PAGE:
The natural sweetener xylitol has been touted by the American Academy of Pediatric Dentistry for its effectiveness in reducing cavities in children. Now UAB dental researchers will test its effectiveness in adults through a National of Institutes of Health-funded study.

The School of Dentistry is enrolling adult participants into a study of the natural sweetener xylitol, which has shown great success in reducing cavities in children.

The School of Dentistry is enrolling participants in the study through September. So far, more than 90 people already have filled the available 250 spots for a study that, if proven effective, could have a major impact in preventing tooth decay for millions of adults.

“Xylitol interferes with the bacteria that produce the acid that causes cavities,” says Gregg Gilbert, D.D.S, chair of the Department of Diagnostic Sciences and principal investigator. “If the dissolving mints we’ll be studying work it will be great, because it means they will prevent tooth decay.”

Participants in the study must commit to using five xylitol mints five times a day throughout the three-year course of the study. During the three years, participants will make only five visits to the dental school, two of those coming in the first month. The other three visits come at the end of the first, second and third years.

Study members must be between 21 and 80 years old to participate and have a recent history of tooth decay. Participants in the study will be compensated.

What is xylitol?
UAB is one of three national sites conducting the xylitol trial; the University of Texas Health Science Center in San Antonio and the University of North Carolina at Chapel Hill are the other sites.

Xylitol is a five-carbon sugar alcohol derived primarily from forest and agricultural materials. It has been used since the early 1960s in infusion therapy for post-operative, burn and shock patients, in the diet of diabetic patients and as a sweetener in products aimed at improved oral health (such as chewing gum).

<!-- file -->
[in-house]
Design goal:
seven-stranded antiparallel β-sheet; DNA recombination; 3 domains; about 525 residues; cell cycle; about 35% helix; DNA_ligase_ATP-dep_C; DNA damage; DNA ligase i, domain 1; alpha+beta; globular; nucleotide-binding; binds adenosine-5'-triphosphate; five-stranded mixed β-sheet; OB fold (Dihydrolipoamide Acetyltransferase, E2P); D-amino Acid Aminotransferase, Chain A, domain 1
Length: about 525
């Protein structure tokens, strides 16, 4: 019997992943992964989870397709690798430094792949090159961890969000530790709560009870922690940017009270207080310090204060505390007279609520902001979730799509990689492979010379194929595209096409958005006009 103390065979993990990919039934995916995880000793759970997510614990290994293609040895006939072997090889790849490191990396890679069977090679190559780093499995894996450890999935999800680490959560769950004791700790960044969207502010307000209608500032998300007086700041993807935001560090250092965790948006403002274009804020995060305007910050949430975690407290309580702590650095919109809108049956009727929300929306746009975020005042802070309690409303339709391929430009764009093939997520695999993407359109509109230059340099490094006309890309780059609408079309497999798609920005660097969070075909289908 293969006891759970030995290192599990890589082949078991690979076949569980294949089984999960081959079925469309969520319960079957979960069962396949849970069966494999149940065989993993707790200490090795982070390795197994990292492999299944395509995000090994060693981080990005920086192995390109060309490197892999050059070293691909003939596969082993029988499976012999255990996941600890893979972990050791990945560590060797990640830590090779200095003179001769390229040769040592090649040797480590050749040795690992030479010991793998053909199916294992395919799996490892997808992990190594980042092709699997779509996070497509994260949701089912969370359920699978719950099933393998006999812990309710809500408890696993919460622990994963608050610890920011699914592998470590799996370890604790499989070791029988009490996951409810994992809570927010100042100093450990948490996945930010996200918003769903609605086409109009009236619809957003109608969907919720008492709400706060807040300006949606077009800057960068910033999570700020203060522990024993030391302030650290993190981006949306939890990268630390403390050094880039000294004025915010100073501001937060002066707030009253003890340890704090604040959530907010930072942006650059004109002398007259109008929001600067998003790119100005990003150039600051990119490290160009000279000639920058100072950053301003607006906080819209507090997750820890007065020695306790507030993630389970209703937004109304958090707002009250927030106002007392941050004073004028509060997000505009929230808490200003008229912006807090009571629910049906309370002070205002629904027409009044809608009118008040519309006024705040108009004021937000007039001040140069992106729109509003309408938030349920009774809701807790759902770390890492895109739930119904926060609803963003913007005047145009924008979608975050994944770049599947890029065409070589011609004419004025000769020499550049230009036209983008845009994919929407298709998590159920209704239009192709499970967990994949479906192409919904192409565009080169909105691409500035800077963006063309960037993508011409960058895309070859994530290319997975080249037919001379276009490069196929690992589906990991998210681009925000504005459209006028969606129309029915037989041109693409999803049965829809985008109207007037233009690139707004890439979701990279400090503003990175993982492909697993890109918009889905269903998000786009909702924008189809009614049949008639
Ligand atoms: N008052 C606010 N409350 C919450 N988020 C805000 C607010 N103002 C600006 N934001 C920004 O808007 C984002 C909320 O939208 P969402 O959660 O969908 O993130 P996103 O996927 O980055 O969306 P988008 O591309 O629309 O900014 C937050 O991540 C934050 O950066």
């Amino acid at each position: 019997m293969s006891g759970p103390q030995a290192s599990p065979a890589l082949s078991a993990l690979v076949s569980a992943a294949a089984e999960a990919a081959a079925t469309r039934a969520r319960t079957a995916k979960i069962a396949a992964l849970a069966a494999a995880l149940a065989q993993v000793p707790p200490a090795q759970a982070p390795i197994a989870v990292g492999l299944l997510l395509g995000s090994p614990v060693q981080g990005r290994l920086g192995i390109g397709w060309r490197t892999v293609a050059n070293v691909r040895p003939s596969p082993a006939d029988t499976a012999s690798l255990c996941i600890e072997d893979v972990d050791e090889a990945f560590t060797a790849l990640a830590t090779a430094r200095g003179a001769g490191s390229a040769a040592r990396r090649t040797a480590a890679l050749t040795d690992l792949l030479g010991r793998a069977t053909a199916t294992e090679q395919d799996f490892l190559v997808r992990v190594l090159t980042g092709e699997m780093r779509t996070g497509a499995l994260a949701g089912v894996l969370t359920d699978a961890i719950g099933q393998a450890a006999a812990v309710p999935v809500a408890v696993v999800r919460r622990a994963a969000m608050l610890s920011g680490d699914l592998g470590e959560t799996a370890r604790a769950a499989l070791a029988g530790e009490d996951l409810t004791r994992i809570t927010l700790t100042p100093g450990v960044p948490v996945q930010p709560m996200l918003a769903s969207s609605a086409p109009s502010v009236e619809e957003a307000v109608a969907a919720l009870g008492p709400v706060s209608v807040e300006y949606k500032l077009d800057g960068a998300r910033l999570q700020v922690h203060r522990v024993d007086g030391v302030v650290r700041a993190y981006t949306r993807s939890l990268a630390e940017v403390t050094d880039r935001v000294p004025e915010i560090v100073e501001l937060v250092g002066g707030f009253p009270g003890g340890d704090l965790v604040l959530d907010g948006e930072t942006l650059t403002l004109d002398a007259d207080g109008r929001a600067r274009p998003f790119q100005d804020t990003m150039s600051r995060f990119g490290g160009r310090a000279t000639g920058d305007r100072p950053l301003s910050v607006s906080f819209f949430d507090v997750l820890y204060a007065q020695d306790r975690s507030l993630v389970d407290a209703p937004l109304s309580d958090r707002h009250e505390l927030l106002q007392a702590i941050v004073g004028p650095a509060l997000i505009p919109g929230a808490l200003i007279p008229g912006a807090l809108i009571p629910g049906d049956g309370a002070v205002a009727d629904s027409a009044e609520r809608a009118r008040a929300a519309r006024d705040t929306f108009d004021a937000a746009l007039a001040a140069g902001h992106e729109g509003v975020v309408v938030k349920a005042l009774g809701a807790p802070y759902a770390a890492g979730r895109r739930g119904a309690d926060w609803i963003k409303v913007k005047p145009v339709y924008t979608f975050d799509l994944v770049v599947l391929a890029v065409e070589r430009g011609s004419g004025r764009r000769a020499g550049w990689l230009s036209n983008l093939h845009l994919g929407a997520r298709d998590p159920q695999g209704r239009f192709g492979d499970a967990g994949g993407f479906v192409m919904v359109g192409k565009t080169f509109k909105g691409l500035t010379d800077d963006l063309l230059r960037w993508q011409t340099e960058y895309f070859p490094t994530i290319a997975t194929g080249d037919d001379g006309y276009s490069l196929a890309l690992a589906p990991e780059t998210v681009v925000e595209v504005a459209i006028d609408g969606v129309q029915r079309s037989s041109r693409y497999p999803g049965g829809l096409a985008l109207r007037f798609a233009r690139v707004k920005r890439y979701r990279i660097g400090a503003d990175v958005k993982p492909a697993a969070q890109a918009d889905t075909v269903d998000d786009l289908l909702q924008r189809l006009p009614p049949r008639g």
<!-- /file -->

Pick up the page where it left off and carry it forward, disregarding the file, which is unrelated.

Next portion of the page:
Xylitol is FDA-approved and is available over the counter in many forms, such as mints, chewable tablets, lozenges, toothpastes, mouthwashes and cough mixtures. Xylitol chewing gum has been shown to be effective as a preventive agent; however, the usefulness of other xylitol products has not been studied.

An inexpensive, available source of prevention like xylitol could have a revolutionary impact on dental care and dental costs.

Researchers believe xylitol can be effective in a number of ways: It doesn’t feed the plaque-forming bacteria that cause cavities, and it stimulates more saliva.

Sonia Makhija, D.D.S., director of the study and assistant professor in the Department of Diagnostic Sciences, says the clinical trial will consist of two groups: a group that is given the xylitol-containing mints and a placebo group that will receive a different mint. Participants will be randomly placed in one of those groups. Makhija and Gilbert say the participants will not know which group they will be in, but say those enrolled in the placebo group could see positive results.

“Even if you get assigned to the placebo group you stand to benefit because the mints do stimulate saliva, and we know that saliva helps prevent dental decay,” Makhija says. “People with a dry mouth tend to develop more tooth decay.”

Regular dental visits still needed
Gilbert also stresses that if the mints work they won’t eliminate the need for all dental care. Everyone should still see a dentist regularly for routine checkups and cleaning.

“A successful study means the mints will prevent dental decay in adults. It doesn’t mean they would eliminate all problems,” Gilbert says. “This would add to or complement your routine care.”

o learn more about the study or how to enroll, call Andrea Eiring, coordinator for the study at 532-7374.